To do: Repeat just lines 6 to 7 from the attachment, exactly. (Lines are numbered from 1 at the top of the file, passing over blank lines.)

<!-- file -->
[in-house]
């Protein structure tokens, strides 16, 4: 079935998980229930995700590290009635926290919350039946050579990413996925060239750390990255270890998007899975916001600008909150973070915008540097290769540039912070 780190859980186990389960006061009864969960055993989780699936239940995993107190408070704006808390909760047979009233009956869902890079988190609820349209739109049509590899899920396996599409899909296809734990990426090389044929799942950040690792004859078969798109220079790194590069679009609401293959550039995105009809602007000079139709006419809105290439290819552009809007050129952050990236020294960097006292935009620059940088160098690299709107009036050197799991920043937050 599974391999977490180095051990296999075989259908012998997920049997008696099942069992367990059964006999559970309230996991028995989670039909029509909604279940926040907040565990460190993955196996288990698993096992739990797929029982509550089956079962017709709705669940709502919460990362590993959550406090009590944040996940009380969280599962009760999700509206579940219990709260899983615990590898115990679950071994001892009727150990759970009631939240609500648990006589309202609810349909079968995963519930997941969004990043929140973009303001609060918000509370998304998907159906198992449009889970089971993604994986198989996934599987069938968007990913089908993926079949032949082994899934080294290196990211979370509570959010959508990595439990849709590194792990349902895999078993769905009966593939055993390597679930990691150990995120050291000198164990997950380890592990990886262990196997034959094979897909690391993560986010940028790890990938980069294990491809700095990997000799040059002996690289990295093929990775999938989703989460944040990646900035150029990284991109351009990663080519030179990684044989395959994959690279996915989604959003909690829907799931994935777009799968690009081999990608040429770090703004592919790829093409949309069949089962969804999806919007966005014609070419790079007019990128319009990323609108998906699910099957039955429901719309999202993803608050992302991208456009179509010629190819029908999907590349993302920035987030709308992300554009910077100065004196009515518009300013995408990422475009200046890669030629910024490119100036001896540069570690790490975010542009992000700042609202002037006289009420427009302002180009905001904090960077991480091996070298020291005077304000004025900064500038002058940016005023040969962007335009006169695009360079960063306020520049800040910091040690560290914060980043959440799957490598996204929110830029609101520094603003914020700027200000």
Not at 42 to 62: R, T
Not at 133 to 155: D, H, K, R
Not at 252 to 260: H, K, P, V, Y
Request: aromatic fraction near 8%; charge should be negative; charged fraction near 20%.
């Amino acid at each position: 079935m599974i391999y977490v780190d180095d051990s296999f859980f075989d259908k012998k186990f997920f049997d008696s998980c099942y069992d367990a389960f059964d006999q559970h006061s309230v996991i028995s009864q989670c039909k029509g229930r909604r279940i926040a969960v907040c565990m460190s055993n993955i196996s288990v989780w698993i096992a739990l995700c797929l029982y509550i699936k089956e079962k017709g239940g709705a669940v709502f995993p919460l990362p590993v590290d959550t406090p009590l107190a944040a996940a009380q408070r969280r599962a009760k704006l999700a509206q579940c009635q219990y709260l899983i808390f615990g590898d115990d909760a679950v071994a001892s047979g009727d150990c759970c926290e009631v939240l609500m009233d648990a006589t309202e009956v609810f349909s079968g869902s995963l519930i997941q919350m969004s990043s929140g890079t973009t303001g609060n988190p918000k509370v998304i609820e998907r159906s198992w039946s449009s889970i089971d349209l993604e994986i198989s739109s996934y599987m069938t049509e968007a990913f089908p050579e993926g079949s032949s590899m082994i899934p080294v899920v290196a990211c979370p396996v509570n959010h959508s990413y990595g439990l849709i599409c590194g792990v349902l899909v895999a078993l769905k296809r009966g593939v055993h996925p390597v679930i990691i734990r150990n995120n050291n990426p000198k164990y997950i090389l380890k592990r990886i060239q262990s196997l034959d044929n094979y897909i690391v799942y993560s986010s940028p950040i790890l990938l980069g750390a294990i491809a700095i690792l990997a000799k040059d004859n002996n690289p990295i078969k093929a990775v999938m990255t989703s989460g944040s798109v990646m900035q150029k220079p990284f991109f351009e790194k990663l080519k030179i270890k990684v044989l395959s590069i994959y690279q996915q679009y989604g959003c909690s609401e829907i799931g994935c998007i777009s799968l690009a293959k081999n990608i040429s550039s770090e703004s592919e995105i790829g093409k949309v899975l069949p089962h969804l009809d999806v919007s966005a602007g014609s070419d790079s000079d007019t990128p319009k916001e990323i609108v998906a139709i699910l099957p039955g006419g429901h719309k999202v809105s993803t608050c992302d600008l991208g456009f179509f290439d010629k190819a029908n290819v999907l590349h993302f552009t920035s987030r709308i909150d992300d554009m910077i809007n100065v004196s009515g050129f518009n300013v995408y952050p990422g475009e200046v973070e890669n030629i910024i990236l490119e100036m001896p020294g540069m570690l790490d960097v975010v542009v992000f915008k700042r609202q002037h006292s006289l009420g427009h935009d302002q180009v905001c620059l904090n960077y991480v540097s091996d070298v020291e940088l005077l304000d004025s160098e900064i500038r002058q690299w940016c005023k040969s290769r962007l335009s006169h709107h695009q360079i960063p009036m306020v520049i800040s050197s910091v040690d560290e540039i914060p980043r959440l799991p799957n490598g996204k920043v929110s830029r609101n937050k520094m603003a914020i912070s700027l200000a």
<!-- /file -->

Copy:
Request: aromatic fraction near 8%; charge should be negative; charged fraction near 20%.
């Amino acid at each position: 079935m599974i391999y977490v780190d180095d051990s296999f859980f075989d259908k012998k186990f997920f049997d008696s998980c099942y069992d367990a389960f059964d006999q559970h006061s309230v996991i028995s009864q989670c039909k029509g229930r909604r279940i926040a969960v907040c565990m460190s055993n993955i196996s288990v989780w698993i096992a739990l995700c797929l029982y509550i699936k089956e079962k017709g239940g709705a669940v709502f995993p919460l990362p590993v590290d959550t406090p009590l107190a944040a996940a009380q408070r969280r599962a009760k704006l999700a509206q579940c009635q219990y709260l899983i808390f615990g590898d115990d909760a679950v071994a001892s047979g009727d150990c759970c926290e009631v939240l609500m009233d648990a006589t309202e009956v609810f349909s079968g869902s995963l519930i997941q919350m969004s990043s929140g890079t973009t303001g609060n988190p918000k509370v998304i609820e998907r159906s198992w039946s449009s889970i089971d349209l993604e994986i198989s739109s996934y599987m069938t049509e968007a990913f089908p050579e993926g079949s032949s590899m082994i899934p080294v899920v290196a990211c979370p396996v509570n959010h959508s990413y990595g439990l849709i599409c590194g792990v349902l899909v895999a078993l769905k296809r009966g593939v055993h996925p390597v679930i990691i734990r150990n995120n050291n990426p000198k164990y997950i090389l380890k592990r990886i060239q262990s196997l034959d044929n094979y897909i690391v799942y993560s986010s940028p950040i790890l990938l980069g750390a294990i491809a700095i690792l990997a000799k040059d004859n002996n690289p990295i078969k093929a990775v999938m990255t989703s989460g944040s798109v990646m900035q150029k220079p990284f991109f351009e790194k990663l080519k030179i270890k990684v044989l395959s590069i994959y690279q996915q679009y989604g959003c909690s609401e829907i799931g994935c998007i777009s799968l690009a293959k081999n990608i040429s550039s770090e703004s592919e995105i790829g093409k949309v899975l069949p089962h969804l009809d999806v919007s966005a602007g014609s070419d790079s000079d007019t990128p319009k916001e990323i609108v998906a139709i699910l099957p039955g006419g429901h719309k999202v809105s993803t608050c992302d600008l991208g456009f179509f290439d010629k190819a029908n290819v999907l590349h993302f552009t920035s987030r709308i909150d992300d554009m910077i809007n100065v004196s009515g050129f518009n300013v995408y952050p990422g475009e200046v973070e890669n030629i910024i990236l490119e100036m001896p020294g540069m570690l790490d960097v975010v542009v992000f915008k700042r609202q002037h006292s006289l009420g427009h935009d302002q180009v905001c620059l904090n960077y991480v540097s091996d070298v020291e940088l005077l304000d004025s160098e900064i500038r002058q690299w940016c005023k040969s290769r962007l335009s006169h709107h695009q360079i960063p009036m306020v520049i800040s050197s910091v040690d560290e540039i914060p980043r959440l799991p799957n490598g996204k920043v929110s830029r609101n937050k520094m603003a914020i912070s700027l200000a």